• Make sure that the entertainment acts are aware of any noise restrictions that apply to your local area, or that your venue is subject to.

  • Have a suitably qualified staff member or electrician check all the lighting and sound equipment a few days prior to the wedding, to ensure it’s all in working order.

  • Find out who the MC for the reception is, and if appropriate, have a quick chat with them about using the microphone, as well as where any certain people they will be referring to will be seated in the venue, so they’re not gesturing to the incorrect location in their speeches.

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Jonah's at Whale Beach 


  • Whether your clients have decided to use your in-house venue photographer or have outsourced, make sure the photographer knows the beautiful locations available to them around your venue to take the most memorable shots.

  • Make sure the photographer is aware of the schedule of the day and the areas they will need to focus on (such as the entry the bride and groom will be using for their reception), so they don’t miss any important moments.


  • If the bride and groom have chosen to stay at your venue’s accommodation, obviously make sure everything is clean, set up and looking perfect for their arrival.

  • If the wedding party at staying at nearby alternative accommodation, make sure the hotel is notified when they have left your venue and are on their way to the accommodation. This is a common courtesy that will develop good relationships between your venue and other local businesses.

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Byng Street 


  • Check that your venue’s parking area is signposted, and if the wedding is going to be especially large, consider assigning a member of staff to control the parking area and direct arriving cars.

  • Ensure that alternative transport options to your venue (such as buses) have appropriate access to cater for disabled or elderly people.

  • Keep in mind any end time restrictions for the event, and make sure to adhere to these to avoid large fines.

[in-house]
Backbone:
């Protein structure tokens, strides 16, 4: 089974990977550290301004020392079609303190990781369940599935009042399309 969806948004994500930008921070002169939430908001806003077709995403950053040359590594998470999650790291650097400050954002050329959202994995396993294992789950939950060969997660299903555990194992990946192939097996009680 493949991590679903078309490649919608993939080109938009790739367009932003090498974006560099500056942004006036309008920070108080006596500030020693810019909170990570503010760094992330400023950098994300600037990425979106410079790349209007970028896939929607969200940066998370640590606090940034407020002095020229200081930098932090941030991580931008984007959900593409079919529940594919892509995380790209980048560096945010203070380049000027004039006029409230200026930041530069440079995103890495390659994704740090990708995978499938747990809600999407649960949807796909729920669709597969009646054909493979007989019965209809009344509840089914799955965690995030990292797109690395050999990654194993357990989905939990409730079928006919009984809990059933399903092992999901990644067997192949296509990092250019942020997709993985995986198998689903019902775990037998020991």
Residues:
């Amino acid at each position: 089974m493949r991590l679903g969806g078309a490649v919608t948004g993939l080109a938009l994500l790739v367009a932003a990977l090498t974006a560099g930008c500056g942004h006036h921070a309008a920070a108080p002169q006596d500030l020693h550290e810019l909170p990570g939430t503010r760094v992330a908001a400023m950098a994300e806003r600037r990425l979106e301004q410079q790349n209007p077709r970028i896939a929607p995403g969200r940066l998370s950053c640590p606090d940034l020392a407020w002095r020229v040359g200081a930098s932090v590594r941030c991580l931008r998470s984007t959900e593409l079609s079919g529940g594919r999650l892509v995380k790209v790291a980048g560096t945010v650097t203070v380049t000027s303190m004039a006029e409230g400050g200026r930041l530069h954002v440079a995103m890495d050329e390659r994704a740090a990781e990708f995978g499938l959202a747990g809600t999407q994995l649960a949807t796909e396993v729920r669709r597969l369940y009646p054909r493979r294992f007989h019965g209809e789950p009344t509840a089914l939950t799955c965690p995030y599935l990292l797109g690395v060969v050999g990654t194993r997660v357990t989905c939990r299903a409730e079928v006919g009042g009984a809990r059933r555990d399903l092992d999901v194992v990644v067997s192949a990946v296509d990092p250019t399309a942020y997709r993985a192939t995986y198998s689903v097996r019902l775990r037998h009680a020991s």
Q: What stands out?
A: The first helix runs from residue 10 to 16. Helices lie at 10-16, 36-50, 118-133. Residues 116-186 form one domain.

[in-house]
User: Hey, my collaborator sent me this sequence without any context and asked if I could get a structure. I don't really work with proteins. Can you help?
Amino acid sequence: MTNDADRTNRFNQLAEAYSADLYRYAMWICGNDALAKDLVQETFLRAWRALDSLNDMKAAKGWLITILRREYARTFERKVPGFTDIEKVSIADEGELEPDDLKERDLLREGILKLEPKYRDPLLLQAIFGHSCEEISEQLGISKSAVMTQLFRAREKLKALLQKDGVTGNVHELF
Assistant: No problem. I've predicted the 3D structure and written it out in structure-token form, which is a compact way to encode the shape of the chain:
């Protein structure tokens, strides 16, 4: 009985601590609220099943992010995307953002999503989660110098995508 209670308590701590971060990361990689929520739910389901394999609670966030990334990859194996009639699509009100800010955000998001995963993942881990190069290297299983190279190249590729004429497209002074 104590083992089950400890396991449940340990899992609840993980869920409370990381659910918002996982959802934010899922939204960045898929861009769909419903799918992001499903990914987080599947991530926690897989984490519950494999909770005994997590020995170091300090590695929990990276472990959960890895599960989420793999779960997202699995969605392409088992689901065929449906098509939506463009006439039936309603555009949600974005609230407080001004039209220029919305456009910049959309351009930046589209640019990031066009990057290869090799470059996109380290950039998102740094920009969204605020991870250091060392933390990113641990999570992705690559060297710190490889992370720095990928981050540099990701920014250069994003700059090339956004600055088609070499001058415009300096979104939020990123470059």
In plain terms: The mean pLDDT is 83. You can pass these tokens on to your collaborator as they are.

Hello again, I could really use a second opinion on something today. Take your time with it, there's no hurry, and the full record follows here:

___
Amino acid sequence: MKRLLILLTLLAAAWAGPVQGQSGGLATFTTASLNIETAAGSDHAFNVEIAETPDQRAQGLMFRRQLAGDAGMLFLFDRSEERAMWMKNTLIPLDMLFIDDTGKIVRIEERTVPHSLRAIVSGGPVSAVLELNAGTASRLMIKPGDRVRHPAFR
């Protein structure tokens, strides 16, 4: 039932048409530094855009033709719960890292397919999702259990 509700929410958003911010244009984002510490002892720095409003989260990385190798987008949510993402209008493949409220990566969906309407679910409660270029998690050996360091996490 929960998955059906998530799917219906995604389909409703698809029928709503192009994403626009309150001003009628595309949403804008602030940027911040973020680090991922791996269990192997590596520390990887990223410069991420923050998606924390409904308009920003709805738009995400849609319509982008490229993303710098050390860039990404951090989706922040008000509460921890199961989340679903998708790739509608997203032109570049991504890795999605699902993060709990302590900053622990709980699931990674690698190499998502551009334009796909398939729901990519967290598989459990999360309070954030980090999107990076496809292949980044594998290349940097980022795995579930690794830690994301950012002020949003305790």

• Ensure you have a plan for setting up and packing up the venue, and factor how many hours are needed for this into your client’s venue hire package.

  • Make sure that all external service providers, such as photographers, catering trucks, decorators and miscellaneous extras such as photo booths are all able to easily access the area they need to be in.  

  • Check that the restrooms are perfectly clean, fresh and accessible.

  • Make sure that any cloak room service provided is staffed and well-organised, to avoid a mad rush of people trying to get their coats at the end of the night.

  • For the bride and groom, check that the dressing rooms provided for them are clean, fresh and ready to go, as well as well-stocked with refreshments and any other provided luxuries.

  • Make sure that any areas that the wedding guests are not allowed to access (e.g hallways, certain balconies and outside areas) are closed and locked, to avoid overspill of guests into these areas.

  • In terms of scheduling, make sure that there is no overlap between the event you are currently managing and another event scheduled at your venue. If your venue has the capacity for multiple events at a time, make sure that each event has their own space and that there is no confusion with who is using which area.

  • Make sure your staff are able to answer any questions guests might have, as well as give directions to certain areas of the venue.

  • Make sure that any extra services the client has paid for are all fully complete to the highest standard possible. This will give your venue that extra special touch of professionalism, and ensure a good review.

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Oatlands House 

Legal and finance

  • Write up a sample contract for your clients that outlines what will be included in their hiring of your venue. Make sure they are fully aware of any inclusions/exclusions. You want to avoid unnecessary disappointment at all costs, and the key to this is understanding.

  • Make sure your clients are aware of any cancellation policies applicable to your venue.

  • Sort out your client’s deposit, making sure they have paid on time and that they pay the full amount by the required date. If you have developed a payment schedule with your client, regularly check-up to make sure they are paying the installments on time.

  • Make sure that all fees for the different facets of hiring your venue are clearly outlined. Also clarify any discounts being offered with your client.

  • Make sure your venue’s insurance is in order and is enough to cover the necessary requirements.

  • During the event, make sure that roughly the previously stated and agreed-upon amount of guests attend. If, for one reason or another, more people turn up than was initially expected, you should be able to revise your total payment and re-negotiate prices with the bride and groom.


Doltone House 

Taking steps to effective venue management

If you follow this checklist, you’ll be well on your way to having a well-run venue that makes wedding days a dream for your clients. Although it can seem overwhelming and like there’s an endless amount of work to be done to make the perfect event, working methodically and making sure to record every step you complete ensures you’ll cover all bases for a beautiful, stress-free and memorable wedding event at your venue.